The expression of Bcl-2 in the ginsenoside F2-treated group was higher than in the controls and the expression of Bax was lower than in the controls. The Bcl-2/Bax ratio was 308% and 390% higher in the groups treated with 0.1 µM and 1 µM ginsenoside F2, respectively (Fig. 2E).
Expression of caspase-3, a player in the apoptotic cascade, was 57% and 68% lower than controls in the groups treated with 0.1 µM and 1 µM ginsenoside F2, respectively, which represented significant decreases even compared to those seen with finasteride (Fig. 2F).
These results support the hypothesis that ginsenoside F2 prevents DHT-induced hair cell apoptosis, as seen in AGA, which occurs through the mechanism outlined.
Expression of SCAP was 64% lower than in the DHT-treated controls in the group treated with 0.1 µM ginsenoside F2 and 76% lower in the group treated with 1 µM (Fig. 2G). The expression of SREBP was 74% and 91% lower in the groups treated with 0.1 µM and 1 µM ginsenoside F2, respectively, than in the group treated only with DHT (Fig. 2H). Caspase-12 expression was 61% and 82% lower than controls in the groups treated with DHT followed by 0.1 µM and 1 µM ginsenoside F2, respectively (Fig. 2I). Expression of these factors in the ginsenoside F2 treated group after treated was significantly lower than that in the finasteride treated group.
Since caspase-12 is connected to caspase-3, the effects of ginsenoside F2 in preventing DHT-induced hair cell apoptosis as seen in AGA may be in part via a mechanism that interacts with the cholesterol pathway.
The effect of ginsenoside F2 on hair growth in a DHT-induced C57BL/6 mouse model of AGA was assessed. We observed that the group given ginsenoside F2 after depilation and injection of DHT converted their skin color from pink to gray on the 15th day, started to grow hair on the 20th day and were covered with hair by the 28th day. This hair growth timetable was significantly better than that seen in the depilated, DHT-treated mice which received no ginsenoside F2 or finasteride. The group that received finasteride entered anagen 5 d later than the ginsenoside F2-treated group (Fig. 3A).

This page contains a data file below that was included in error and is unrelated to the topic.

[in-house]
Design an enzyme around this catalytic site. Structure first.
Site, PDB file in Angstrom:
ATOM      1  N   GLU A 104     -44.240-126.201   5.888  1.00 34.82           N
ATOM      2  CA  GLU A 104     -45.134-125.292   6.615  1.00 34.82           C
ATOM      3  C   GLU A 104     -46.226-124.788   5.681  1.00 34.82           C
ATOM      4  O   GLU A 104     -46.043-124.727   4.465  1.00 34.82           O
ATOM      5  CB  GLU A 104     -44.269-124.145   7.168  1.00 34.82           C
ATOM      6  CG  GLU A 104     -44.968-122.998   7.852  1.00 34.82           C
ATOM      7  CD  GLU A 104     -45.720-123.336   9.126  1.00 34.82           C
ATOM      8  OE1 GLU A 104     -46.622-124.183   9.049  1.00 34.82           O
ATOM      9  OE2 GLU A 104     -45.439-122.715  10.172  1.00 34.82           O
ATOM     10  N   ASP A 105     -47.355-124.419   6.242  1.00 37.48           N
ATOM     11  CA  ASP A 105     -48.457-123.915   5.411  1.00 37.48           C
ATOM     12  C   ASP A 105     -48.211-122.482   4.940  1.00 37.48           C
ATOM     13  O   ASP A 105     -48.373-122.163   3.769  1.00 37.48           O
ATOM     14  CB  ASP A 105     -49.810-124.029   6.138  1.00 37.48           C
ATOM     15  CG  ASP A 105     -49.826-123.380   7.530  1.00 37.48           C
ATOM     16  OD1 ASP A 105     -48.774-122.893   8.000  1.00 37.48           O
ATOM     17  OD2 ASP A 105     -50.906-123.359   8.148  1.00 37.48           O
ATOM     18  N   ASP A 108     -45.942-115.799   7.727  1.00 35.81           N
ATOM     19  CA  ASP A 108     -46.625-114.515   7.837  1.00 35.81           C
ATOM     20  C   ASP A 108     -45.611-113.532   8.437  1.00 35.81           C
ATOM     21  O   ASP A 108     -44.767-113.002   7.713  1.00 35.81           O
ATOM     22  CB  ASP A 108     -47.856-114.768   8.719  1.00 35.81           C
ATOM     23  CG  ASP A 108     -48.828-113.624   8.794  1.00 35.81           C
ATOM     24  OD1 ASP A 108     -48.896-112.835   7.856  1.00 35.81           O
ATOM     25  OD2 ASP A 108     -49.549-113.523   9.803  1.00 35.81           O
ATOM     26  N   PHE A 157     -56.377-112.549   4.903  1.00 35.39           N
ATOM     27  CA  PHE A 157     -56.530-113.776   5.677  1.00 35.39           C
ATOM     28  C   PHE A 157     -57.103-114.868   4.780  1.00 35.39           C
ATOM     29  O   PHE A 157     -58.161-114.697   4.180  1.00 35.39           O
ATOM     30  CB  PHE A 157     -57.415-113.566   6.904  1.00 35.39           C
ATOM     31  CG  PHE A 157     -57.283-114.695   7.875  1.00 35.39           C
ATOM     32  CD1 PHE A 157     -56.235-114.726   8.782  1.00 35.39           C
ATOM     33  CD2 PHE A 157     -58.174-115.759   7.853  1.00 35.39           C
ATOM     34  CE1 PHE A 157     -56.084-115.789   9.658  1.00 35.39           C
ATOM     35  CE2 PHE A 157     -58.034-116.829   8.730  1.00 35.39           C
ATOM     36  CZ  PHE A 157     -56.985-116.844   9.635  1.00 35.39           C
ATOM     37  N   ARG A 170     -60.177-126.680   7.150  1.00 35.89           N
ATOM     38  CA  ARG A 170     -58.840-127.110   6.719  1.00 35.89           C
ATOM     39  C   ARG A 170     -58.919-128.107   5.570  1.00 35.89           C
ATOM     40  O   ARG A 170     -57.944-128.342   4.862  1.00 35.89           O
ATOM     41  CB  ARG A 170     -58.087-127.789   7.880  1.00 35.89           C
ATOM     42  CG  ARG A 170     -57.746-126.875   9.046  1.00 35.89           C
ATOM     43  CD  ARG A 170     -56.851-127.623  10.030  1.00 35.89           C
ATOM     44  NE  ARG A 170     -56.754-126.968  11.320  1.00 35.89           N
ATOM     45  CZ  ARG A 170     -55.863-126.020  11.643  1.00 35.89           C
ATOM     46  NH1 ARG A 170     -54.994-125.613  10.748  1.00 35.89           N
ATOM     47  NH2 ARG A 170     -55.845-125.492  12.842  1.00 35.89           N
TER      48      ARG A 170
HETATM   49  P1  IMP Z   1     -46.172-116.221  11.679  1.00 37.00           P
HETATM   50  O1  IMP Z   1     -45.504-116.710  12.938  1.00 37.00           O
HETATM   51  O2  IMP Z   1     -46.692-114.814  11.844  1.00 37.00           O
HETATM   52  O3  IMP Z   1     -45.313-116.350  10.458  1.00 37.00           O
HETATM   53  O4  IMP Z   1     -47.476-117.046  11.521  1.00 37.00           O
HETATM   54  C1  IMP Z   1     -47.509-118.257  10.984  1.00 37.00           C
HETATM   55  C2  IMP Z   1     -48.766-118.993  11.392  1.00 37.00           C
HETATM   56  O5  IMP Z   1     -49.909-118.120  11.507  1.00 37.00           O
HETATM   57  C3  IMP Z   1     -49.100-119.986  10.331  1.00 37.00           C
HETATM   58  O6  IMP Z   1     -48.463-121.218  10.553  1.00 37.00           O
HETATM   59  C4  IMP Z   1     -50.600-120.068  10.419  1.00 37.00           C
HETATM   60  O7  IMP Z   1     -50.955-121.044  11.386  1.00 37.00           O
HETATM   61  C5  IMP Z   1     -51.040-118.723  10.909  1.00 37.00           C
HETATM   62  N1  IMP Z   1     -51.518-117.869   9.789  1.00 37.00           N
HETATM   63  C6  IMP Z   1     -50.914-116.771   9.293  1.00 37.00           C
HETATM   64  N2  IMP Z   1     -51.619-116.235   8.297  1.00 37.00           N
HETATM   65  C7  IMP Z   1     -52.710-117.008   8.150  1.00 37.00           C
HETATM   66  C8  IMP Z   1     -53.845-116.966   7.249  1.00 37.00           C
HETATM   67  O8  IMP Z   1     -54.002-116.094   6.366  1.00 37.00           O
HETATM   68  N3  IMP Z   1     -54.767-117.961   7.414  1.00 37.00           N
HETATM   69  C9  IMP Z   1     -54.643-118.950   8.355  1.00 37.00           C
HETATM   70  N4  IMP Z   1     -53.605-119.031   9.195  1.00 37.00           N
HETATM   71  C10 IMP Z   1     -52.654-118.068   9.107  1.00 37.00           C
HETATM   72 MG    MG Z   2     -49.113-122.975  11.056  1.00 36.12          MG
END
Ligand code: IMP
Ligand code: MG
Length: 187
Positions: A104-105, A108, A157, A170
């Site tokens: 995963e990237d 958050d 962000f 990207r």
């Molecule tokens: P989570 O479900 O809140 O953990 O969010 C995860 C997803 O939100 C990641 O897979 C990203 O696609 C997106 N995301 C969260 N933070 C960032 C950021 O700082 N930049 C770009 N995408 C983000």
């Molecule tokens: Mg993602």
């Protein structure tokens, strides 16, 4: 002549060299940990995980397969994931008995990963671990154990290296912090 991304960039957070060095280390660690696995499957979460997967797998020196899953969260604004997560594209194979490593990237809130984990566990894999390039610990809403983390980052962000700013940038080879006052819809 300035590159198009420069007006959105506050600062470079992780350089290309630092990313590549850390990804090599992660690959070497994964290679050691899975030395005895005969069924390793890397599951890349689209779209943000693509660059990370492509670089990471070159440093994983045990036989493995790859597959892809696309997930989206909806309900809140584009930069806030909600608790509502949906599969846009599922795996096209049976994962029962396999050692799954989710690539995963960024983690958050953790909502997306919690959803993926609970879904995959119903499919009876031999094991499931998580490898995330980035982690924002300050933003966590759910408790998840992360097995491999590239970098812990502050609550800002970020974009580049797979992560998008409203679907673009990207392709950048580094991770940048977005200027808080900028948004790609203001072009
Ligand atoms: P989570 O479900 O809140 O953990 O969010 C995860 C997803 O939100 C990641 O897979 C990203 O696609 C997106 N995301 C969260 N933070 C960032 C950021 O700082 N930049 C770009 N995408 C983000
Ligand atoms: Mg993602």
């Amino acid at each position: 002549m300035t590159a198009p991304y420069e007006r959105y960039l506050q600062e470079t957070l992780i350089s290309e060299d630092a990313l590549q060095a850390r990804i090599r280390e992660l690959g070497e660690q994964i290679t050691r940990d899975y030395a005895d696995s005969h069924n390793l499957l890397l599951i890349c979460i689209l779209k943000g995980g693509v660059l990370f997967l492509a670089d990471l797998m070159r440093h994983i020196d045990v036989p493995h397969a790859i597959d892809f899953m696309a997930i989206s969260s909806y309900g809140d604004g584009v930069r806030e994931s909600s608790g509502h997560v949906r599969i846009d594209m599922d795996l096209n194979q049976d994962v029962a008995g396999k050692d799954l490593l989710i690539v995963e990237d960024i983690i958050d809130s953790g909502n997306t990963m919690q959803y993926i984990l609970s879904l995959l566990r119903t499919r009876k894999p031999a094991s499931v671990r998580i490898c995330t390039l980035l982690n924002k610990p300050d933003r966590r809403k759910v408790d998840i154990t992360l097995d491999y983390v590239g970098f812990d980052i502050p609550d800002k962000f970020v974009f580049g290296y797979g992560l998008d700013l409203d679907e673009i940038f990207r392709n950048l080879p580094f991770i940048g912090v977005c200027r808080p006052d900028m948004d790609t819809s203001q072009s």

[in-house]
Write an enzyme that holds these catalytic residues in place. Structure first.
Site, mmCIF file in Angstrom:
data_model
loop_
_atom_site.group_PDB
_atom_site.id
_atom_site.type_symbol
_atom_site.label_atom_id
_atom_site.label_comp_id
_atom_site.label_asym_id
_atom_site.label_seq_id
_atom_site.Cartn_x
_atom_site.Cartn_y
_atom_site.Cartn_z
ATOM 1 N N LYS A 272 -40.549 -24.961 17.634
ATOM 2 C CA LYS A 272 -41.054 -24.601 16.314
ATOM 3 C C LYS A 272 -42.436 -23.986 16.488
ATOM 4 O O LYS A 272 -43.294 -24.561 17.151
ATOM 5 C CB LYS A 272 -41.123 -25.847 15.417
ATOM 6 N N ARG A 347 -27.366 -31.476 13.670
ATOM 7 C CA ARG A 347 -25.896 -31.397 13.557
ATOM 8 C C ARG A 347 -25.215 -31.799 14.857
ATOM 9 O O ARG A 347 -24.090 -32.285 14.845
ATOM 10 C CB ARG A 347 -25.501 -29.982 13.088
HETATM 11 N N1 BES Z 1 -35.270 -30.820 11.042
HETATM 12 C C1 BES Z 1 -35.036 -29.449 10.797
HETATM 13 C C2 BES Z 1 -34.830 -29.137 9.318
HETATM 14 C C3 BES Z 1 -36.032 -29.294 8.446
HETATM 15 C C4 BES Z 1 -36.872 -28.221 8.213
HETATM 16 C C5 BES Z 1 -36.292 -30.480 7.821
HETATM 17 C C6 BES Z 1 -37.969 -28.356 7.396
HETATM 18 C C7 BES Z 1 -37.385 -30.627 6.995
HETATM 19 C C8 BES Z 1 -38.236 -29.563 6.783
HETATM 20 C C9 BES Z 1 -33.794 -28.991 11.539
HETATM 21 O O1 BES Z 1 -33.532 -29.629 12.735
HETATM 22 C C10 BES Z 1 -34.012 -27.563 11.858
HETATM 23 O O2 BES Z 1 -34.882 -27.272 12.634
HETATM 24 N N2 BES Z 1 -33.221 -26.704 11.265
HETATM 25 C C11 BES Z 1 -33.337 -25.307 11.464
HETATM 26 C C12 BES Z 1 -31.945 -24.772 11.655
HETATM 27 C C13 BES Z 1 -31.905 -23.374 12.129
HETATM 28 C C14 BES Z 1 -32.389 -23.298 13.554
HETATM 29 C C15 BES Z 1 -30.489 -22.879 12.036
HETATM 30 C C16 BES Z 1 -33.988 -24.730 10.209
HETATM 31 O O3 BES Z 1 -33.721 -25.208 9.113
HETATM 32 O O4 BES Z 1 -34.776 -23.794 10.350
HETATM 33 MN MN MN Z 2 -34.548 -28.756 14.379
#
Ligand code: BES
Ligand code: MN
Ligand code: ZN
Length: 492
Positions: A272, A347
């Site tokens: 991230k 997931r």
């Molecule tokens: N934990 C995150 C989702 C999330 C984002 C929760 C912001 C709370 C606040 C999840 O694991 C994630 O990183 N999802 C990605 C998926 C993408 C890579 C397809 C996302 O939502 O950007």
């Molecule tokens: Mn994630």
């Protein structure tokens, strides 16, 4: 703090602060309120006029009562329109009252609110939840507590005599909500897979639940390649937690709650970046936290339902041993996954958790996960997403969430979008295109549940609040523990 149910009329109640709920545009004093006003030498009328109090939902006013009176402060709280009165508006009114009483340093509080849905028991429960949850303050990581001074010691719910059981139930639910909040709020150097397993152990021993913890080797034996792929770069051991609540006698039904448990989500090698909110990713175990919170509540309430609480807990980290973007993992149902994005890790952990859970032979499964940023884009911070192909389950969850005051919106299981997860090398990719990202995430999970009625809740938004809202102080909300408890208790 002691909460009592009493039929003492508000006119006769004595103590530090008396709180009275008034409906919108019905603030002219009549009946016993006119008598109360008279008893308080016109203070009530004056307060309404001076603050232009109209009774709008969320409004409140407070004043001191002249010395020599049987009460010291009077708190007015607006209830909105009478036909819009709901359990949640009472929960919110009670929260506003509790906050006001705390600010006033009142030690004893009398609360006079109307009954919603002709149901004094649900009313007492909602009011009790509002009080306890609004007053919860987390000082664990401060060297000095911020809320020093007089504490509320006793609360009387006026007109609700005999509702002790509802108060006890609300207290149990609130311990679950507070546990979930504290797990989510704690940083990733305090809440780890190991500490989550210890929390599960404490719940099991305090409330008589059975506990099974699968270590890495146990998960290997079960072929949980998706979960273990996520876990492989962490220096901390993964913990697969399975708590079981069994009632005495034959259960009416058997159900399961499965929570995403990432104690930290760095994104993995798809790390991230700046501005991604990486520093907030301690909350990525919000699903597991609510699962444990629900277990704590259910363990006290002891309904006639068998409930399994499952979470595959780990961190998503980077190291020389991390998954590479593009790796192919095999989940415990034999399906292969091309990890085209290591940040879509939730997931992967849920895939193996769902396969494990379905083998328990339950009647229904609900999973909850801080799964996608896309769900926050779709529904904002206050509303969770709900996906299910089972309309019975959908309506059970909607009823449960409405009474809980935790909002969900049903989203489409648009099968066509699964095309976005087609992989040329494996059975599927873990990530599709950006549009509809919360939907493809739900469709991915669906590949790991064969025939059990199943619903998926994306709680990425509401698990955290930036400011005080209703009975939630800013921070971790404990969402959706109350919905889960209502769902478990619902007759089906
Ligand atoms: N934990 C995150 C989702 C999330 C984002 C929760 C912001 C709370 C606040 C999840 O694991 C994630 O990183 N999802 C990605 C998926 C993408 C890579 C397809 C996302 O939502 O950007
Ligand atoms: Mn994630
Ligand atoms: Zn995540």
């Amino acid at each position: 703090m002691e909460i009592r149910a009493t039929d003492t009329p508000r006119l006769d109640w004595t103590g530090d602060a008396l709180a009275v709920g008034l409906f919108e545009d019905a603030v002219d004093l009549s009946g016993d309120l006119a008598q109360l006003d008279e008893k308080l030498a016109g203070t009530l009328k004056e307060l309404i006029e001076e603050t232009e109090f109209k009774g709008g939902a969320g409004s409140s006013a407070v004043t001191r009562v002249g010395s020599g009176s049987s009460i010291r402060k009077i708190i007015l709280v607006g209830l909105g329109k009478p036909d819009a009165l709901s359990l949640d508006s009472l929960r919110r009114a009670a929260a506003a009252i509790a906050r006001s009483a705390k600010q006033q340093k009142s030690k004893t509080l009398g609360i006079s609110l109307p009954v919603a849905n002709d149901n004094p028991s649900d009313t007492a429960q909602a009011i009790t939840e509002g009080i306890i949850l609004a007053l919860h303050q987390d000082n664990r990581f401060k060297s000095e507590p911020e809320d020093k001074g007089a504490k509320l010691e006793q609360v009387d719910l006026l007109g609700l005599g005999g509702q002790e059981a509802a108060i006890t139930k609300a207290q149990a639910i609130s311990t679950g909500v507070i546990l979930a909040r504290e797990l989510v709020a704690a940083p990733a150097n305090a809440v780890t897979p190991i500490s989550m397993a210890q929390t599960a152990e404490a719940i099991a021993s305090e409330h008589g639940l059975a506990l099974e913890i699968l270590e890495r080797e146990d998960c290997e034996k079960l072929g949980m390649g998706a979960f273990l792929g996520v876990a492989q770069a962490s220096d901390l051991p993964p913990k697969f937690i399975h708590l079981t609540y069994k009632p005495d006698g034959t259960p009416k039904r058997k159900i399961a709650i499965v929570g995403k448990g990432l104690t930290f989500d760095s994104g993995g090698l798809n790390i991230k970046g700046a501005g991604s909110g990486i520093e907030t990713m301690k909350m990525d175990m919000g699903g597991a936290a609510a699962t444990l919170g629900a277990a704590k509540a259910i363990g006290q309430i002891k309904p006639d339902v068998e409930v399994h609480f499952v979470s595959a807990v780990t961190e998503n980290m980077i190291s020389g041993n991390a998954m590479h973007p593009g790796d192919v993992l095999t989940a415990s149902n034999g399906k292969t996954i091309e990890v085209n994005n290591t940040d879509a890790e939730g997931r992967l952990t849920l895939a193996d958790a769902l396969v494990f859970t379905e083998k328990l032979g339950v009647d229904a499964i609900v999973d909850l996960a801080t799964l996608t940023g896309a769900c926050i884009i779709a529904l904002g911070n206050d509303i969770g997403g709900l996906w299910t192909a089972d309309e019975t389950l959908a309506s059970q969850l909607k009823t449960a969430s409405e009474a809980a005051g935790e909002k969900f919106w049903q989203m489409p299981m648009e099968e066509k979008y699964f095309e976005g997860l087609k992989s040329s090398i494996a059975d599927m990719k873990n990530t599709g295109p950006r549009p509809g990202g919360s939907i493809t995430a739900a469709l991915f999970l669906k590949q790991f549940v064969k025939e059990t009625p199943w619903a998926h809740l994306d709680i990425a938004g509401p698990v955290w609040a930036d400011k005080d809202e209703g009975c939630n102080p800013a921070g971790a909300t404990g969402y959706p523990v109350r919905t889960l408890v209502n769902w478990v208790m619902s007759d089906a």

Analysis of morphological change in a DHT-induced androgenetic alopecia model in C57BL/6 mice treated with DHT only, finasteride or F2 for 35 d. Close-up pictures of the C57BL/6 mice dorsal surfaces (A). Percentage of area showing hair growth measured using the Image J program (B). The back skin of C57BL/6 mice was observed using hair loss diagnosis tools to survey hair density (C) and thickness (D) (Values are mean±S.D.; n=10; ++ p<0.01; +++ p<0.001, treatment compared to DHT; * p<0.05; *** p<0.001, treatment DHT+finasteride compared to treatment DHT+F2.)
We also analyzed the extent of hair growth by measuring the percentage of the depilated region that was covered with hair at various time points. The DHT-injected group had 3% hair coverage on the 15th day after depilation, 9% coverage by the 20th day and still showed 9% coverage by the 28th day. In contrast, mice treated with finasteride had 17% hair coverage in the denuded region by the 20th day and 27% by the 28th day after depilation. The group treated with 0.5 mg/kg ginsenoside F2 had 20% coverage by the 15th day, 37% by the 20th day and 54% by the 28th day. The group treated with 2.5 mg/kg ginsenoside F2 had 27% coverage by the 15th day, 51% by the 20th day and 71% on the 28th day (Fig. 3B).
Carefully measurement of hair density revealed increases compared to the DHT-only group of 107% in the group treated with 0.5 mg/kg ginsenoside F2 and 286% in the group treated with 2.5 mg/kg ginsenoside F2. This increase relative to the negative control was only 49% in the finasteride-treated group (Fig. 3C). Hair thickness compared to the DHT-treated negative control group was 33% greater in the finasteride-treated group, 35% greater in the group treated with 0.5 mg/kg ginsenoside F2 and 51% greater in the group treated with 2.5 mg/kg ginsenoside F2 (Fig. 3D).
Mice were sacrified on the 35th day after depilation and skin tissue samples were stained with H&E for histological analysis. The ginsenoside F2-treated group had longer and overall larger follicles than either the DHT-only group or the finasteride-treated group, both of which had catagen-like follicle morphology (Fig. 4).
Analysis of histological change in a DHT-induced model of androgenetic alopecia in C57BL/6 mice treated with finasteride or ginsenoside F2 (F2) for 35 d.
The ratio of anagen to telogen in the mouse skin tissue (A/T) was also evaluated. The (A/T) ratios in mice treated with 0.5 mg/kg and 2.5 mg/kg ginsenoside F2 were 2.09±1.17 and 2.25±0.97, respectively, while (A/T) ratios in the DHT-only and finasteride-treated groups were 0.11±0.06 and 0.49±0.17, respectively (Table 1). This implies that ginsenoside F2 can prevent follicles from entering catagen in our DHT-induced AGA mouse model.
Values are mean±S.D.; n=10; + p<0.05; ++ p<0.01; +++ p<0.001, treatment compared to DHT; * p<0.05; ** p<0.01; *** p<0.001, treatment DHT+finasteride compared to treatment DHT+F2.